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Pacific leaders being ignored by the international community, says Tong

Tuesday 3 May 2022 | Written by RNZ | Published in Regional

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Pacific leaders being ignored by the international community, says Tong
Anote Tong. Photo: RNZI

Pacific leaders are being ignored, says former President of Kiribati, Anote Tong. He believes that the international community is ignoring the dire impact of climate change on the Pacific region.

Tong - who is now a member of the Elders Voice - was one of the authors of a statement released by the group - raising concerns about growing military tension overshadowing climate change as a priority security issue for the Pacific.

He said the issue of climate security is receiving less attention because major powers are interested in "their own rivalries."Anote Tong speaks here to Kelvin Anthony duration5′ :58″from Pacific WavesAdd to playlistDownload

He said the recent China-Solomon Islands security pact has prompted uproar from America, Australia, and New Zealand. This turmoil shows that geostrategic tensions are far more important to these developed countries than the climate crisis facing the Pacific region.

Tong said Pacific leaders have been "screaming that climate change" is the region's highest priority.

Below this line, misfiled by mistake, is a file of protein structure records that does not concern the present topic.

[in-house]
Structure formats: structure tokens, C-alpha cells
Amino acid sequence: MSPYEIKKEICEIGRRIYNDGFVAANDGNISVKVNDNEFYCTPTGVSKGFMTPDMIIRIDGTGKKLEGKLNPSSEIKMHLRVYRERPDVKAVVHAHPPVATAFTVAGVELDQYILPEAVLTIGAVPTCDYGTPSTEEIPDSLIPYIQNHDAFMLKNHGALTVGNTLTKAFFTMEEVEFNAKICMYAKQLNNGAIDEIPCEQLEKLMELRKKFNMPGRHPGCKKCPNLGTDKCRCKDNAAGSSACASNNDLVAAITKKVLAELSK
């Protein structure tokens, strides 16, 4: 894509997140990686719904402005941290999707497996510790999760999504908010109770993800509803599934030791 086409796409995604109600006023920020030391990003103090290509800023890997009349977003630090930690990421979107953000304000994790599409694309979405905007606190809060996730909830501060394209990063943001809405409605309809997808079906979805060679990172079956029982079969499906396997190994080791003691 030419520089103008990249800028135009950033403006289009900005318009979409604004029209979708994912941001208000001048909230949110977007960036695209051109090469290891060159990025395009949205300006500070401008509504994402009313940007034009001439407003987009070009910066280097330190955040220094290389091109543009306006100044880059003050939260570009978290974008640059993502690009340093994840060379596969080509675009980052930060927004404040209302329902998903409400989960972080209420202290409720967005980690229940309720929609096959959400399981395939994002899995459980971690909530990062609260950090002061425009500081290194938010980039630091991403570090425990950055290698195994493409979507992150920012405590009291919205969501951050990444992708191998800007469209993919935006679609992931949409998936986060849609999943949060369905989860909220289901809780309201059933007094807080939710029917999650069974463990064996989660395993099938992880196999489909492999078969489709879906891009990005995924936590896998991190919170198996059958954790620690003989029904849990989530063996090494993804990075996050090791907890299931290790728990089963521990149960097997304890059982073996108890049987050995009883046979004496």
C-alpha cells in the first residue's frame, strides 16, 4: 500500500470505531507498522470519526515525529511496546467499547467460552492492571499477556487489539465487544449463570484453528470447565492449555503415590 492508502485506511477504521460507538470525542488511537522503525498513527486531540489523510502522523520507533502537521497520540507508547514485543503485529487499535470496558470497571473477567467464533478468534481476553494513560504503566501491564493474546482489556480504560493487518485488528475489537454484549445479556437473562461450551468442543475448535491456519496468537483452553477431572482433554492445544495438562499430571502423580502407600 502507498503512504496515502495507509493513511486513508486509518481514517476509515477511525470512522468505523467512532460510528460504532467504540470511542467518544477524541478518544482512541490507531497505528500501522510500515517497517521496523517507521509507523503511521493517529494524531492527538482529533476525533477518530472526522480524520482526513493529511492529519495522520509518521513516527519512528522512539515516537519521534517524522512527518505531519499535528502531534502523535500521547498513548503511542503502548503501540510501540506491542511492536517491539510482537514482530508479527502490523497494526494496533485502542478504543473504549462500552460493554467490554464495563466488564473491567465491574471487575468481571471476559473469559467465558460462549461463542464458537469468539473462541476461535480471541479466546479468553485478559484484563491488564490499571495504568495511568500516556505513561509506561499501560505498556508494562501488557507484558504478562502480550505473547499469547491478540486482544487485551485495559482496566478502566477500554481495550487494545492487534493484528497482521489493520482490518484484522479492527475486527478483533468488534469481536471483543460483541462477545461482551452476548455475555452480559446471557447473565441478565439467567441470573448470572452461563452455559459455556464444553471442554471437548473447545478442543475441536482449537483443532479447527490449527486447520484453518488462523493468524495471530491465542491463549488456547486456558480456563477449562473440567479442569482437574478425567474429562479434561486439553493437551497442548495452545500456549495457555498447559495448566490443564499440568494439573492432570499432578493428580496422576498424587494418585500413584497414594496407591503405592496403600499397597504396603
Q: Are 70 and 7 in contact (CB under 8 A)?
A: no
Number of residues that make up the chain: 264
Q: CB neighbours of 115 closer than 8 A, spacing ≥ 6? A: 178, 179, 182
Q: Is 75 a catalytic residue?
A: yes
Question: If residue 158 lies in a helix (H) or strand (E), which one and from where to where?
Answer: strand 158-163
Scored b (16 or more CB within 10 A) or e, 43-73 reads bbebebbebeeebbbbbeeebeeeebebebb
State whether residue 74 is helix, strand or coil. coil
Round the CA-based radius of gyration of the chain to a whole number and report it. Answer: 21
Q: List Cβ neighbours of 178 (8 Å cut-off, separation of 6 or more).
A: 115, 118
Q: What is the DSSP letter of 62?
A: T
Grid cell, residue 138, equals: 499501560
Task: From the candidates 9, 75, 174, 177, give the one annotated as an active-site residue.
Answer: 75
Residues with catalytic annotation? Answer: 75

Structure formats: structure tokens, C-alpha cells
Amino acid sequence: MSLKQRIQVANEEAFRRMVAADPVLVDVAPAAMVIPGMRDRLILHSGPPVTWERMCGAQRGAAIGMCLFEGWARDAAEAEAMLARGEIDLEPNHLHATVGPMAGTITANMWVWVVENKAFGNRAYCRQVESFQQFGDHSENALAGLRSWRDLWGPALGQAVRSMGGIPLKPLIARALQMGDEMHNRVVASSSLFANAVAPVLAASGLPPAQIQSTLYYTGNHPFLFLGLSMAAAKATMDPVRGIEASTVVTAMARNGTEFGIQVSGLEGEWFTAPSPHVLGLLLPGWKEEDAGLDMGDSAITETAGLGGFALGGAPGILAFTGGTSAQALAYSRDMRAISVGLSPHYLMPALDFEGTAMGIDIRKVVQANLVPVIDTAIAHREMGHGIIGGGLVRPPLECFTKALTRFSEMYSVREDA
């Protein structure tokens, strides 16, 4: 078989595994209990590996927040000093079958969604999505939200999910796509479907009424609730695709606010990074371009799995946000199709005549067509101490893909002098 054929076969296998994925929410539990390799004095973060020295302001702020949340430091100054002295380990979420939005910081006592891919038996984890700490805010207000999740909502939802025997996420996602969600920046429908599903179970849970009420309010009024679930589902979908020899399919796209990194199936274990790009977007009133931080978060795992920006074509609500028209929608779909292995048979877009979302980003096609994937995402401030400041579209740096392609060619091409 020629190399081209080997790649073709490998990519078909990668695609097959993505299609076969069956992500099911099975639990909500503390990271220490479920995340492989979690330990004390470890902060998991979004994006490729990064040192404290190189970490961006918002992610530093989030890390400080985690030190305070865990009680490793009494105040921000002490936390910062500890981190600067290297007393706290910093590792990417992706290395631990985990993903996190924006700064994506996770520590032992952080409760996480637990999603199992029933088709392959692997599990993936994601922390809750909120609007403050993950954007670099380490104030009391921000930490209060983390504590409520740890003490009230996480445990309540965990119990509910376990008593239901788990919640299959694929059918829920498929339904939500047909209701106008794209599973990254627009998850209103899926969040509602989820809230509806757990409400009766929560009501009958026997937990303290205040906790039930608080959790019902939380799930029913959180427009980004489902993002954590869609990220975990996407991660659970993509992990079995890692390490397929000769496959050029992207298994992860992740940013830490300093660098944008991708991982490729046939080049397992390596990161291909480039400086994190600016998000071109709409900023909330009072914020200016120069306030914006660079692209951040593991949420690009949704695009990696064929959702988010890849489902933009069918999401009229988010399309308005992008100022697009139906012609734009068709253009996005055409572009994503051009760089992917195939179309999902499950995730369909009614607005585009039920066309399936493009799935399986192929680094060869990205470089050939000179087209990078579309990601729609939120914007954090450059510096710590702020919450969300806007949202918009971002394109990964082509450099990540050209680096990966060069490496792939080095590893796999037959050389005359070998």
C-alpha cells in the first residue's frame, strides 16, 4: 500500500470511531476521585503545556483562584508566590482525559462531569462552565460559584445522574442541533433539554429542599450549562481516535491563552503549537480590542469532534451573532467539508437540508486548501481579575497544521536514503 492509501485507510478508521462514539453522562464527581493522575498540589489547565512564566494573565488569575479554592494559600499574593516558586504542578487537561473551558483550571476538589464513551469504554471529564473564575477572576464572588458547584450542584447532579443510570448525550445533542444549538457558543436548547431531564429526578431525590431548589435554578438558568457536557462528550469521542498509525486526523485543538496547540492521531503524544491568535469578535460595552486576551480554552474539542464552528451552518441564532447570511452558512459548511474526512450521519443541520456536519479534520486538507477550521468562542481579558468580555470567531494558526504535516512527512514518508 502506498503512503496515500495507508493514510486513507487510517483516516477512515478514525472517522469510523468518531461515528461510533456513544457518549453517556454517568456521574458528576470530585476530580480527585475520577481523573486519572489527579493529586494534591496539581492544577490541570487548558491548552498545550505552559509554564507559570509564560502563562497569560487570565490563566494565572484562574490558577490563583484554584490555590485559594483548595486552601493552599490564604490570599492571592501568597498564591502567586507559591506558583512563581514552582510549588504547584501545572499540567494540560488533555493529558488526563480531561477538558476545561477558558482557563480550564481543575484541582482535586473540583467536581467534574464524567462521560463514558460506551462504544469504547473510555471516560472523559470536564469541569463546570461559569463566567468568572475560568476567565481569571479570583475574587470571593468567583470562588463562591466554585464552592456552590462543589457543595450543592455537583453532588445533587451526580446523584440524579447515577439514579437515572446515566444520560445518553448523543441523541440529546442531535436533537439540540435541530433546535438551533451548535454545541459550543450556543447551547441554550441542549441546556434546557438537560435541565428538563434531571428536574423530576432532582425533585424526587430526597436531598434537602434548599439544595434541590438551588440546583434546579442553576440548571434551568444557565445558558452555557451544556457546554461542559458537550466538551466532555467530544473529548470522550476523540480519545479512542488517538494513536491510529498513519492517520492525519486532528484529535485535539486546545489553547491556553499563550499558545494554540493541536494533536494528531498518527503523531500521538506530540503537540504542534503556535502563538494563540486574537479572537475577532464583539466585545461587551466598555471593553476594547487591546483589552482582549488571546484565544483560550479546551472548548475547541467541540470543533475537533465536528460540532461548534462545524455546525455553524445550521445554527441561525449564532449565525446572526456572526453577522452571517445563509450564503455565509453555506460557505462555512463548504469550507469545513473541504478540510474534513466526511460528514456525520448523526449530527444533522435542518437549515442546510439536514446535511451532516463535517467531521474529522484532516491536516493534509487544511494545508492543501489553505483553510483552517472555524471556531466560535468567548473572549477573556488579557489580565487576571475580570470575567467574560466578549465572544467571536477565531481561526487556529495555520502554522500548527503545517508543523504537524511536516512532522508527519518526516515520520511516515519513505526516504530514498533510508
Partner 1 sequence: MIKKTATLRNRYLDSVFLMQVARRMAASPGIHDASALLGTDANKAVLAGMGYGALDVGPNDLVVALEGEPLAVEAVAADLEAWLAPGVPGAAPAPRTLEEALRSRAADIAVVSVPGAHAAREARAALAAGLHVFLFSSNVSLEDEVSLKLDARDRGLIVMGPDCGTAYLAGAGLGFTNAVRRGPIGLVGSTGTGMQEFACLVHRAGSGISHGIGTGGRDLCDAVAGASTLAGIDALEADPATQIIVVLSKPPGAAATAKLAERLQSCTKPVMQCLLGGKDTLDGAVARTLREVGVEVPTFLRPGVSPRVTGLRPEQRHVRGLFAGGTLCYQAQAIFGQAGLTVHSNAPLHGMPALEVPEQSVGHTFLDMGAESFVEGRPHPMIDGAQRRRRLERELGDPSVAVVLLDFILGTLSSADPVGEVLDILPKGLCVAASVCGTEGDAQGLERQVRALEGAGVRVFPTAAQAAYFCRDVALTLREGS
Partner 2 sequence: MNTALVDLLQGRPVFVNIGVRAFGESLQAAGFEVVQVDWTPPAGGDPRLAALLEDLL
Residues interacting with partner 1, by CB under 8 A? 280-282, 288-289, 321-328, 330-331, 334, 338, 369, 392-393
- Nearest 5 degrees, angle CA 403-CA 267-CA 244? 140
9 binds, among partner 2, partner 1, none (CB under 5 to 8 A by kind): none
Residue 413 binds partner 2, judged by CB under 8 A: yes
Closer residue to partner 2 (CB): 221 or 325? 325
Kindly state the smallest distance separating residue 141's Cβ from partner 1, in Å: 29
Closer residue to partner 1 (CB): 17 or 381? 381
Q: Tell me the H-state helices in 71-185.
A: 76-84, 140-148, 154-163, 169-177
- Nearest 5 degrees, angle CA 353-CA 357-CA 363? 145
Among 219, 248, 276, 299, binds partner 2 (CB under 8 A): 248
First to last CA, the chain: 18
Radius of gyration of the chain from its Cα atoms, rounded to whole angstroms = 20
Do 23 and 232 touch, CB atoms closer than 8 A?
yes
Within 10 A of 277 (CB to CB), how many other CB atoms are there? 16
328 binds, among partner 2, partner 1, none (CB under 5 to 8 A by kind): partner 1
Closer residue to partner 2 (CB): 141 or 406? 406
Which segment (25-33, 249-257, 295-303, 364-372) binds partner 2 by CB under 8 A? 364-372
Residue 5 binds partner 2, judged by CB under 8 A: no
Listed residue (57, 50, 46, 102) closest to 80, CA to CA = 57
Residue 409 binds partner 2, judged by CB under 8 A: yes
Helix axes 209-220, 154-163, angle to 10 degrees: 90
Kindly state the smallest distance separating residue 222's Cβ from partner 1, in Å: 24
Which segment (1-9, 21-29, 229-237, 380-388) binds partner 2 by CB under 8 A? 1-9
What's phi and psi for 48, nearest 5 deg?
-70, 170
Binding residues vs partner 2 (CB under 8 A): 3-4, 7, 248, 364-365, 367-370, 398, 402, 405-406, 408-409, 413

"I don't think we have been heard. I suspect that there are countries who do not believe that climate change is as relevant to them as their own rivalries in terms of the powers that they deal with.

I think it is important to make that point that here we are, we are part of the discussions and that whatever we do with other partners is regarded as impinging on the wider security issues of the region," he said.

Tong said the Pacific needs to be included in the decision-making processes even if they don't have any significant input.

"And I think it's a bit interesting that all of the security discussions are going on around us and not with us and that is the question we are raising you know should we not be part of the discussions in many ways," he said.

The former Kiribati president said decisions made by major powers like China, the United States, and its allies, affect the region very directly.